Ganz J, Kaslin J, Freudenreich D, Machate A, Geffarth M, Brand M (2012): Subdivisions of the adult zebrafish subpallium by molecular marker analysis. J Comp Neurol 520:633-655.
6.
González A, López JM, Sánchez-Camacho C, Marín O (2002): Regional expression of the homeobox gene NKX2-1 defines pallidal and interneuronal populations in the basal ganglia of amphibians. Neuroscience 114:567-575.
7.
González A, Northcutt RG (2009): An immunohistochemical approach to lungfish telencephalic organization. Brain Behav Evol 74:43-55.
8.
Hofmann MH, Northcutt RG (2012): Forebrain organization in elasmobranchs. Brain Behav Evol 80:142-151.
9.
Joven A, Morona R, González A, Moreno N (2013): Expression patterns of Pax6 and Pax7 in the adult brain of a urodele amphibian, Pleurodeles waltl. J Comp Neurol 521:2088-2124.
10.
López JM, Perlado J, Morona R, Northcutt RG, González A (2013): Neuroanatomical organization of the cholinergic system in the central nervous system of a basal actinopterygian fish, the Senegal bichir Polypterus senegalus. J Comp Neurol 521:24-49.
11.
Marín O, Smeets WJAJ, González A (1998a): Evolution of the basal ganglia in tetrapods: a new perspective based on recent studies in amphibians. Trends Neurosci 21:487-494.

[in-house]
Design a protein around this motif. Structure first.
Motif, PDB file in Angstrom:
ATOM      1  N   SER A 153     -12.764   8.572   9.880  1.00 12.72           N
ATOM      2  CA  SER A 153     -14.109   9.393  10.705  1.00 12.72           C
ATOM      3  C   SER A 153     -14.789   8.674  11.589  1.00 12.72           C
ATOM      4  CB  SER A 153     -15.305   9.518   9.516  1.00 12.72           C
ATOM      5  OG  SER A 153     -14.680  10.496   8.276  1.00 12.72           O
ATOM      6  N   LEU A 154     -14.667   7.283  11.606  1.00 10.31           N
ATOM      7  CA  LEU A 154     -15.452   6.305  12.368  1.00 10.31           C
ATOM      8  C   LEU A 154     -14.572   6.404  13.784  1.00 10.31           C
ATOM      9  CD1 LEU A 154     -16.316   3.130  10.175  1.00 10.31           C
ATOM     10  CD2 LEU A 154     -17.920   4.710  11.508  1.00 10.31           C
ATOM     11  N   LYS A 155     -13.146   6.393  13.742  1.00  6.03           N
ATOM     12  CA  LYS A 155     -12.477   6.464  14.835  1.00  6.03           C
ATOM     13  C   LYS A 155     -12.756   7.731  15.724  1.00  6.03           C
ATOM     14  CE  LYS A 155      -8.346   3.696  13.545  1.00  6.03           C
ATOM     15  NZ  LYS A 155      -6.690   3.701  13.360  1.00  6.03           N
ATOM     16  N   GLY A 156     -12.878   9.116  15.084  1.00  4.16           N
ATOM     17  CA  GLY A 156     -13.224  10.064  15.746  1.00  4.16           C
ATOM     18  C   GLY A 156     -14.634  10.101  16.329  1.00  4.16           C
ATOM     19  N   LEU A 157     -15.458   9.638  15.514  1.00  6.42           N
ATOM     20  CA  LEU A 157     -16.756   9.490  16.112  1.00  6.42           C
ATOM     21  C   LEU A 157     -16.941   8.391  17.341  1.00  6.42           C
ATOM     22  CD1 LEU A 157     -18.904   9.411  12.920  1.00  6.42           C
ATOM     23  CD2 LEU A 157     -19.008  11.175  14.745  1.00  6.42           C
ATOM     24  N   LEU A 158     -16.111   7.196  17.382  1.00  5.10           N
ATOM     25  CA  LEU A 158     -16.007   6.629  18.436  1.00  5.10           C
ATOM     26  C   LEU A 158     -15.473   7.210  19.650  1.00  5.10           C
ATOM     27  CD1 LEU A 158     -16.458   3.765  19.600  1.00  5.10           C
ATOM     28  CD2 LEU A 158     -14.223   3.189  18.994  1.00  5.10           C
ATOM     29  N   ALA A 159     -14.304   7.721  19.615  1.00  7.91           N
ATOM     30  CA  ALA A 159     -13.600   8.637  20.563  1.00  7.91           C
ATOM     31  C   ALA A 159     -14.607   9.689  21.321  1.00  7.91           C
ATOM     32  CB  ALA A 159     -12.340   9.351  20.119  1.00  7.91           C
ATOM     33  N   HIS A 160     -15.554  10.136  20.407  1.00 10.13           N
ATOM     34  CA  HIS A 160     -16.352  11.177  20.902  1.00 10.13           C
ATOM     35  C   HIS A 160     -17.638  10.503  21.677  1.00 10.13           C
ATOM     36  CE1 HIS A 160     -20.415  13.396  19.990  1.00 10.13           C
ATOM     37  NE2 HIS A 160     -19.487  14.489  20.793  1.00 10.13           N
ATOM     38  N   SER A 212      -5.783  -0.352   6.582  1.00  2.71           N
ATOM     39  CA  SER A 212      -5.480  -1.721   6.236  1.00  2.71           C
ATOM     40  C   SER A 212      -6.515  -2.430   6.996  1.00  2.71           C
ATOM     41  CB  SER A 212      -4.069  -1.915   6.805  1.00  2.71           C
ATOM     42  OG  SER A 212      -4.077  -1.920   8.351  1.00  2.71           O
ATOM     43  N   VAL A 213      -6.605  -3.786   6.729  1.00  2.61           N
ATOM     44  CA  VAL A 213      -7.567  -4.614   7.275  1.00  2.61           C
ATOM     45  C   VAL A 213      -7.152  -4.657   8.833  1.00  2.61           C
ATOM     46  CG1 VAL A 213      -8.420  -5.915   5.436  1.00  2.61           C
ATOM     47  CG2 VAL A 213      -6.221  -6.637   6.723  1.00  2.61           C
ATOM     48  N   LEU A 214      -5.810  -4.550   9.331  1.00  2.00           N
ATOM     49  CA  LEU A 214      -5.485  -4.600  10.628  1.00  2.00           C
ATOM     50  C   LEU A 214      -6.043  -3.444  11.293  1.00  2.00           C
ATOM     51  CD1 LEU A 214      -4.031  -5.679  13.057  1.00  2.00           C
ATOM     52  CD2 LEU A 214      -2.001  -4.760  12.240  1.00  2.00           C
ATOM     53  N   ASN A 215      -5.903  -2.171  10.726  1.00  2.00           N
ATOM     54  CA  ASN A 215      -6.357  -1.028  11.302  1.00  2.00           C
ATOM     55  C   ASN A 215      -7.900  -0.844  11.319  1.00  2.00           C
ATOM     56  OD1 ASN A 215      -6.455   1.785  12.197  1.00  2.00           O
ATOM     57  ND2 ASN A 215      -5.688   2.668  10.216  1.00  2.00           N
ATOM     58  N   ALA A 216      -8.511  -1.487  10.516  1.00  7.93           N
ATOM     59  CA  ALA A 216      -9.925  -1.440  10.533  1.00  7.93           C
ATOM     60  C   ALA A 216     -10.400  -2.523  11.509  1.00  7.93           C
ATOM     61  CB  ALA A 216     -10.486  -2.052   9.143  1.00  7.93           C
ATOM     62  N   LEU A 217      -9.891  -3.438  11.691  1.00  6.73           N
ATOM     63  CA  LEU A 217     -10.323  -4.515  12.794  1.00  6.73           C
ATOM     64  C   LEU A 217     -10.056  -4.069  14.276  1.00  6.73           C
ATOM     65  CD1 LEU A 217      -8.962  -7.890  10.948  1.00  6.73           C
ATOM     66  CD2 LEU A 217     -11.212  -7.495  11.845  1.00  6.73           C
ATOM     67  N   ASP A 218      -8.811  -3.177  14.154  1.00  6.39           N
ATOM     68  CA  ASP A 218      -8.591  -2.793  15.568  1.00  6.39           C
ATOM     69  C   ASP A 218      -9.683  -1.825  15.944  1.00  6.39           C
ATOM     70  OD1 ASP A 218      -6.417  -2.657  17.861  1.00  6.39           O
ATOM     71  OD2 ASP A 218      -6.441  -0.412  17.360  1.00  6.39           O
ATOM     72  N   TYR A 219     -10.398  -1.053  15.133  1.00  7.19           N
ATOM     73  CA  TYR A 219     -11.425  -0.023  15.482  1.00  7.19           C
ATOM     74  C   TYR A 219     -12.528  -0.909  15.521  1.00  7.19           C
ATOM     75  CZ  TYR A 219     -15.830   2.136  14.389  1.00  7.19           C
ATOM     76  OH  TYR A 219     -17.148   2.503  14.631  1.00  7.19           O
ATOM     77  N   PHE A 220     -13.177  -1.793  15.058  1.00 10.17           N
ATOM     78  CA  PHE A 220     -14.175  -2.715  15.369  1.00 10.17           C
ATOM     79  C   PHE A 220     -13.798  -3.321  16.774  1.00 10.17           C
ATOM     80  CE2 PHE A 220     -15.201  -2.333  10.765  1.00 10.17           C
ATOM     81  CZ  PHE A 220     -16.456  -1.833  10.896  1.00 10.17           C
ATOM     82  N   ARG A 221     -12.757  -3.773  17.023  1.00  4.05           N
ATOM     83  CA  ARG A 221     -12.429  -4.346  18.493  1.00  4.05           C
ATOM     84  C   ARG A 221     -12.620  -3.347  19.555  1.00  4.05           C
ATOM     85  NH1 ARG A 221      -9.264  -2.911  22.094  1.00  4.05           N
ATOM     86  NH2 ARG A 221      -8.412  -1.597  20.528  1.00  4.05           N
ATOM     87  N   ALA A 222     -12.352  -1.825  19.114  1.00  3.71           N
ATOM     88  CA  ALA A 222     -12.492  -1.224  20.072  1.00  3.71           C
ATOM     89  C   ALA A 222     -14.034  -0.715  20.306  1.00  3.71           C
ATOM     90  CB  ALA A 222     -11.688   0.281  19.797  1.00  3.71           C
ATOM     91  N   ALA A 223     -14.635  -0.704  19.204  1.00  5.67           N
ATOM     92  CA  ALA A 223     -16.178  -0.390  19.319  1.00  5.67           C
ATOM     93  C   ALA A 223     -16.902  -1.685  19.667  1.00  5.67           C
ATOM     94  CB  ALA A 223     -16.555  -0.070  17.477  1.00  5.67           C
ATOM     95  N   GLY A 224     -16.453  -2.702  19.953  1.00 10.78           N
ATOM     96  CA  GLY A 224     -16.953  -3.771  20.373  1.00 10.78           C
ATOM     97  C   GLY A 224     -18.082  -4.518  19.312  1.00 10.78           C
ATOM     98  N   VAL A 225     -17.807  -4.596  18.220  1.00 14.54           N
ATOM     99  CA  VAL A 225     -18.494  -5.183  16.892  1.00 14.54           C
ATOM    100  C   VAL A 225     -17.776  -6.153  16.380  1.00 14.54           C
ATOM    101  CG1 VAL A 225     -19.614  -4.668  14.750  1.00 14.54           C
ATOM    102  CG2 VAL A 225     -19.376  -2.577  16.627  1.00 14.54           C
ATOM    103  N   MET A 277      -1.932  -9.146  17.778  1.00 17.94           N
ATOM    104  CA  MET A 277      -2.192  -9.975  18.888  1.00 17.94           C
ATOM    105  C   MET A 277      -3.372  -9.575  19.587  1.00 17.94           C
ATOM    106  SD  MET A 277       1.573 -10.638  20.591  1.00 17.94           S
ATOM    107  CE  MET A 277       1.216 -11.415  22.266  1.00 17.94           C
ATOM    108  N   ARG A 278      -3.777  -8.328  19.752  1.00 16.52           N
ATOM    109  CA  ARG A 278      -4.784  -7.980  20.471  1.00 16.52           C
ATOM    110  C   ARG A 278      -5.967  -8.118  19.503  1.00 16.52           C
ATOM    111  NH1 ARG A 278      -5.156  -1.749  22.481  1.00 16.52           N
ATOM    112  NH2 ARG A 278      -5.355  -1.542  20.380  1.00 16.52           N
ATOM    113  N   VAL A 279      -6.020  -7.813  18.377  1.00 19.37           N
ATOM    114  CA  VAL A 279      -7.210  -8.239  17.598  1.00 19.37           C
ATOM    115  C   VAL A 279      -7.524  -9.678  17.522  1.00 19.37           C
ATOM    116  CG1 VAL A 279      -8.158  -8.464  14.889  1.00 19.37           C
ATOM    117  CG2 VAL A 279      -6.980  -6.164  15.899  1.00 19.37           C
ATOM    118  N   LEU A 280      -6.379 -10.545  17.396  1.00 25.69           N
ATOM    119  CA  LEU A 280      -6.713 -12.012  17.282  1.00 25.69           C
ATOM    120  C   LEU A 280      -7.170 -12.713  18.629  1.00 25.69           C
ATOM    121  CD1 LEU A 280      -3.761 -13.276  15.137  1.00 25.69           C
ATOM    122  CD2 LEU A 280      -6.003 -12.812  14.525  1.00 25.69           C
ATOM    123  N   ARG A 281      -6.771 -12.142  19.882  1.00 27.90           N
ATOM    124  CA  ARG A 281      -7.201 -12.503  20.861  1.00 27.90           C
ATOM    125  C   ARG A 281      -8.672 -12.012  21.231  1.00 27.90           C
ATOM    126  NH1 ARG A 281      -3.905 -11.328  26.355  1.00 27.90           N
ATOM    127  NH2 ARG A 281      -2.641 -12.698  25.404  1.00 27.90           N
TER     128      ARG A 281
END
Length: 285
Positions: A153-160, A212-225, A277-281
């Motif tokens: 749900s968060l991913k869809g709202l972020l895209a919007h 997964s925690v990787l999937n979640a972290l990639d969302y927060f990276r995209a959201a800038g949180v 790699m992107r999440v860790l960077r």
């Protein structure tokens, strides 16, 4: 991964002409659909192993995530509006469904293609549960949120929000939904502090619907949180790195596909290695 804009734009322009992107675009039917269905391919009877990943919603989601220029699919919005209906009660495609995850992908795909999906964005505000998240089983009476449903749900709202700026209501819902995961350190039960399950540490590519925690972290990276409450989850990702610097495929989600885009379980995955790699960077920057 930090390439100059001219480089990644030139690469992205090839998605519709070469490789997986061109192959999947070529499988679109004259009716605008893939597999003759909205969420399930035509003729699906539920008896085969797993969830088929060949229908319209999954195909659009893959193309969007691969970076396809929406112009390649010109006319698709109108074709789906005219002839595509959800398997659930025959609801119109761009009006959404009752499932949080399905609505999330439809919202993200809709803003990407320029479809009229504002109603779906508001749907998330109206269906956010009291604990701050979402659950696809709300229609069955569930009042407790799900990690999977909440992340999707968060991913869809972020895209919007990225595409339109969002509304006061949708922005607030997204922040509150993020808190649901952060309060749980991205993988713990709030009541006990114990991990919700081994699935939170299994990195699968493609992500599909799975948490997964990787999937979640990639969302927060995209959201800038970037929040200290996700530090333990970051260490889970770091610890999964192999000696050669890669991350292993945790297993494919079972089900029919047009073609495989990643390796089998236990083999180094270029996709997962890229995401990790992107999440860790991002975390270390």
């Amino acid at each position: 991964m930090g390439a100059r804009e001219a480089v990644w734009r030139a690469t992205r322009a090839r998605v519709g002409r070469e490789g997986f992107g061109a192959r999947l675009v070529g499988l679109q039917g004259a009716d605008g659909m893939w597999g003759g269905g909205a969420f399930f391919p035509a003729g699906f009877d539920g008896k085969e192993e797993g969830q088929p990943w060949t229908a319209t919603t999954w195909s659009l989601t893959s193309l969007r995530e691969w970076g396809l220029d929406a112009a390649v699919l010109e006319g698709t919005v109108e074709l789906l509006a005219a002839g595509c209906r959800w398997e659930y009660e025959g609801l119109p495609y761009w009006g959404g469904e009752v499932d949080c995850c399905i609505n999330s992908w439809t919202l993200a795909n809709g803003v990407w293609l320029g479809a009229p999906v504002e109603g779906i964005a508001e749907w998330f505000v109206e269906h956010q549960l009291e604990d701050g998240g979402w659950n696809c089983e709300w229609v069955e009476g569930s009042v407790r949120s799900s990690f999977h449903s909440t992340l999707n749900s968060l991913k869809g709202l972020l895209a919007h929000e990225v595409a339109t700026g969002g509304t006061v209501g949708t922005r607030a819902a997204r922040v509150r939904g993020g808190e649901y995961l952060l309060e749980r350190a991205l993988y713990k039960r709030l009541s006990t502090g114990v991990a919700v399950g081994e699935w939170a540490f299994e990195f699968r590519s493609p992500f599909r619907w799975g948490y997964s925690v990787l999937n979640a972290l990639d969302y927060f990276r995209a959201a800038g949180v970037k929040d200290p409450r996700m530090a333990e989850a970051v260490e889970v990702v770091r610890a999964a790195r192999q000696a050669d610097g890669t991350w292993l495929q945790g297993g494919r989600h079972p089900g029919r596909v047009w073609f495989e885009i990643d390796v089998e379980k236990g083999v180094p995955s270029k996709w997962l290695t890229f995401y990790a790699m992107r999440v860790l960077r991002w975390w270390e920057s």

12.
Marín O, Smeets WJAJ, González A (1998b): Basal ganglia organization in amphibians: evidence for a common pattern in tetrapods. Prog Neurobiol 55:363-397.
13.
Marín O, Smeets WJAJ, González A (1998c): Basal ganglia organization in amphibians: chemoarchitecture. J Comp Neurol 392:285-312.
14.
Martínez de la Torre M, Pombal MA, Puelles L (2011): Distal-less-like protein distribution in the larval lamprey forebrain. Neuroscience 178:270-284.
15.
Medina L (2008): Basal ganglia: evolution; in Squire LR (ed): Encyclopedia of Neuroscience. Amsterdam, Elsevier, pp 67-85.
16.
Moreno N, Bachy I, Rétaux S, González A (2004): LIM-homeodomain genes as developmental and adult genetic markers of Xenopus forebrain functional subdivisions. J Comp Neurol 472:52-72.
17.
Moreno N, Domínguez L, Rétaux S, González A (2008a): Islet1 as a marker of subdivisions and cell types in the developing forebrain of Xenopus. Neuroscience 154:1423-1439.
18.
Moreno N, González A (2007): Regionalization of the telencephalon in urodele amphibians and its bearing on the identification of the amygdaloid complex. Front Neurosci 1:1.
19.
Moreno N, González A, Rétaux S (2008b): Evidences for tangential migrations in Xenopus telencephalon: developmental patterns and cell tracking experiments. Dev Neurobiol 68:504-520.
20.
Moreno N, González A, Rétaux S (2009): Development and evolution of the subpallium. Semin Cell Dev Biol 20:735-743.
21.